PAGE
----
It is that time of the year when we face the professional indemnity insurance renewal. The experience is not one I enjoy and I tend to keep it on my to-do list.
What a bore it is when the weighty cover letter, requirements and application/confirmation forms land on my desk. It usually arrives three months before the renewal date, complete with a multitude of insurance wording caveats about declaring your full details.
You could argue this slightly apathetic approach is the reason why so many of us renew rather than shop around. But because of this notion, I have completed the form and returned it to our provider in good time, as requested.
I have also taken the opportunity to send the same details to two other PI providers to compare what premium and quality of cover they provide.
With average PI premiums potentially rising, this comparison is ever more important, especially with the rising cost of the other PI cover to which we contribute, namely the Financial Services Compensation Scheme.
In the past, I have experienced a PI insurer not providing its terms until a few days before the renewal date, having received our renewal details weeks beforehand. This was either a strategy or in the hope we had not sought alternatives. Lucky for us, we had.
The subsequent PI responses make interesting reading and build confidence that, in making your cover selection, you have done the best for your business on a cost-control basis, while maintaining quality of cover.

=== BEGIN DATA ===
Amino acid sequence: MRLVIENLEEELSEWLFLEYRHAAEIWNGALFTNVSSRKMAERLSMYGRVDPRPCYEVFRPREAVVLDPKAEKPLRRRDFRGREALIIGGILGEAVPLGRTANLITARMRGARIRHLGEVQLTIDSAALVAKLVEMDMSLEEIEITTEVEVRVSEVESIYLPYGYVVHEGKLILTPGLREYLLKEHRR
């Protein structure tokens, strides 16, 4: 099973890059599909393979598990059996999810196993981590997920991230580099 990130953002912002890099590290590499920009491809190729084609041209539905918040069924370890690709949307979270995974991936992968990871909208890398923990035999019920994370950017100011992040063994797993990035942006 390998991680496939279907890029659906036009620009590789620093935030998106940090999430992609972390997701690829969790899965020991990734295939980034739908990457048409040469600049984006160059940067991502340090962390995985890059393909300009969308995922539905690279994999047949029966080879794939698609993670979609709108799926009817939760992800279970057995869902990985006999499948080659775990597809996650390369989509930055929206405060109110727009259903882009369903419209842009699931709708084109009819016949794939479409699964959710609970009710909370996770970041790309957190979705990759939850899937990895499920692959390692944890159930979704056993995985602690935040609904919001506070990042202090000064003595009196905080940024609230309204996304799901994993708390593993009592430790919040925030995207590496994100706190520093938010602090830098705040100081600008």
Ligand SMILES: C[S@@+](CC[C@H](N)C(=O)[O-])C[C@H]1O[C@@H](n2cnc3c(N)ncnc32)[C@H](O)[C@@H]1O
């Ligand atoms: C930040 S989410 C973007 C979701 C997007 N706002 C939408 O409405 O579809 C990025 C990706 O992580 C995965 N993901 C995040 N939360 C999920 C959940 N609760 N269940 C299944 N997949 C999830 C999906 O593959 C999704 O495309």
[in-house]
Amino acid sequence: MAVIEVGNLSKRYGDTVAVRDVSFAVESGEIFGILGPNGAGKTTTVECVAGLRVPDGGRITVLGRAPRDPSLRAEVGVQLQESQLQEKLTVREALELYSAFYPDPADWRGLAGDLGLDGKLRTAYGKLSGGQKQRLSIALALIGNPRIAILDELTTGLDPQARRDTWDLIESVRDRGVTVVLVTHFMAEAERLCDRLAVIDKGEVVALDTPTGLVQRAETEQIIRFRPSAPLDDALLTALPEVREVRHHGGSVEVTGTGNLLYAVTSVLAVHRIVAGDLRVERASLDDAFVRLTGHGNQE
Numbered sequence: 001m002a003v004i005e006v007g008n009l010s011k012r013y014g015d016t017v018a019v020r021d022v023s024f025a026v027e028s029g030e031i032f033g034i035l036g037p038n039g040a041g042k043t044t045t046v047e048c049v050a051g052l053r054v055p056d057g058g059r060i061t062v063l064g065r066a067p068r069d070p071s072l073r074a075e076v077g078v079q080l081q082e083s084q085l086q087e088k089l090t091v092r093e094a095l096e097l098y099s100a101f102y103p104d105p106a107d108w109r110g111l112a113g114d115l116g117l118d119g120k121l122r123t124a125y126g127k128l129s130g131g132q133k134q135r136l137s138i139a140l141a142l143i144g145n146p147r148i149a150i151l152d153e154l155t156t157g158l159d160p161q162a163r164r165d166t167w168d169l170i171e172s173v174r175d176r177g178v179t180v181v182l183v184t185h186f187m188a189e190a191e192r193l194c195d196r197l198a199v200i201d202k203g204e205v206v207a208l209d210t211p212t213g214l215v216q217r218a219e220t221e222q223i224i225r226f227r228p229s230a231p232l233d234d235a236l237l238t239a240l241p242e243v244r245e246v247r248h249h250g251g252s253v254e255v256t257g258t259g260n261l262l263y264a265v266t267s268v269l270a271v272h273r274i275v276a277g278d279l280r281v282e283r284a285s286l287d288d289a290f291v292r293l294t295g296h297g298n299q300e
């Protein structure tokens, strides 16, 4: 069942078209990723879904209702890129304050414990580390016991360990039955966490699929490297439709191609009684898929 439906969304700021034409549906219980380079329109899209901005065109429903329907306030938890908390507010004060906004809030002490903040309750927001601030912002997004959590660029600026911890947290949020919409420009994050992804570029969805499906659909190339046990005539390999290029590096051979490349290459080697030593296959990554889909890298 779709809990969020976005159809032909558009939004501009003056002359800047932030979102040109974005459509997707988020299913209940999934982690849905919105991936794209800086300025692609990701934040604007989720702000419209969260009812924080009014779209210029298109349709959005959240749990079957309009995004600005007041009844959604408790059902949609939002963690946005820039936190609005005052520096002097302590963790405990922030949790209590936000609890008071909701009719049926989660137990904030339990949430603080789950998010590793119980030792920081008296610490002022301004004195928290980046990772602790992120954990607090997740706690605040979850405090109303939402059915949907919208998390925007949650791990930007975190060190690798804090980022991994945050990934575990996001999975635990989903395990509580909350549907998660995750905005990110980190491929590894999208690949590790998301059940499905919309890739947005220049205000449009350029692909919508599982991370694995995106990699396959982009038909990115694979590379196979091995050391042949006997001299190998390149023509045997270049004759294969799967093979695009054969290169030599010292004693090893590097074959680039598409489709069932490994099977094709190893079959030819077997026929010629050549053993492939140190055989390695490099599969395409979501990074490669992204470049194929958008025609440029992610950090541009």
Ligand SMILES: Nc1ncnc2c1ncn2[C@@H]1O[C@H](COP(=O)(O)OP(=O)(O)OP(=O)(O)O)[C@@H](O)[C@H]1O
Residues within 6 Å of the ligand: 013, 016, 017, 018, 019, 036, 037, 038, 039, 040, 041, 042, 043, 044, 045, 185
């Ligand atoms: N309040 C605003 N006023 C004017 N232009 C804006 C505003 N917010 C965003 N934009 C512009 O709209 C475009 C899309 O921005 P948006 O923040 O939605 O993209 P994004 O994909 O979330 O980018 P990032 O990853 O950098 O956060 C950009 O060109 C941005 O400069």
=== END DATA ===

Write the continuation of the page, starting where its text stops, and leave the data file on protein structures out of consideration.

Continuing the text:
We also checked the cover offered would meet the standard required after the RDR to allow us to remain independent.
The provider sales calls accompanying the PI quotes can be telling in the reason why our cover is more expensive is the quality and depth of cover we provide. This approach focuses on the buying process the decision-maker and cheque writer is going through.
This is a similar type of buying experience our clients and enquirers experience when they look for protection cover, whether it is life, private medical or IHT-based.
Clients understand the need for the insurance but the thought of divulging their details and possibly having to go for a medical puts apathy in the path of progression. This is a barrier we handle with care, guiding them to a successful conclusion, either as a single requirement or as part of an holistic financial plan.
It is your service that makes the experience bearable for your clients as they go through the process. I just wish the PI insurers and brokers would take a leaf out of our book and be more helpful. I do not remember any positive buying experience relying solely on caveat emptor as its main approach.
Keith Churchouse is director of Chapters Financial Limited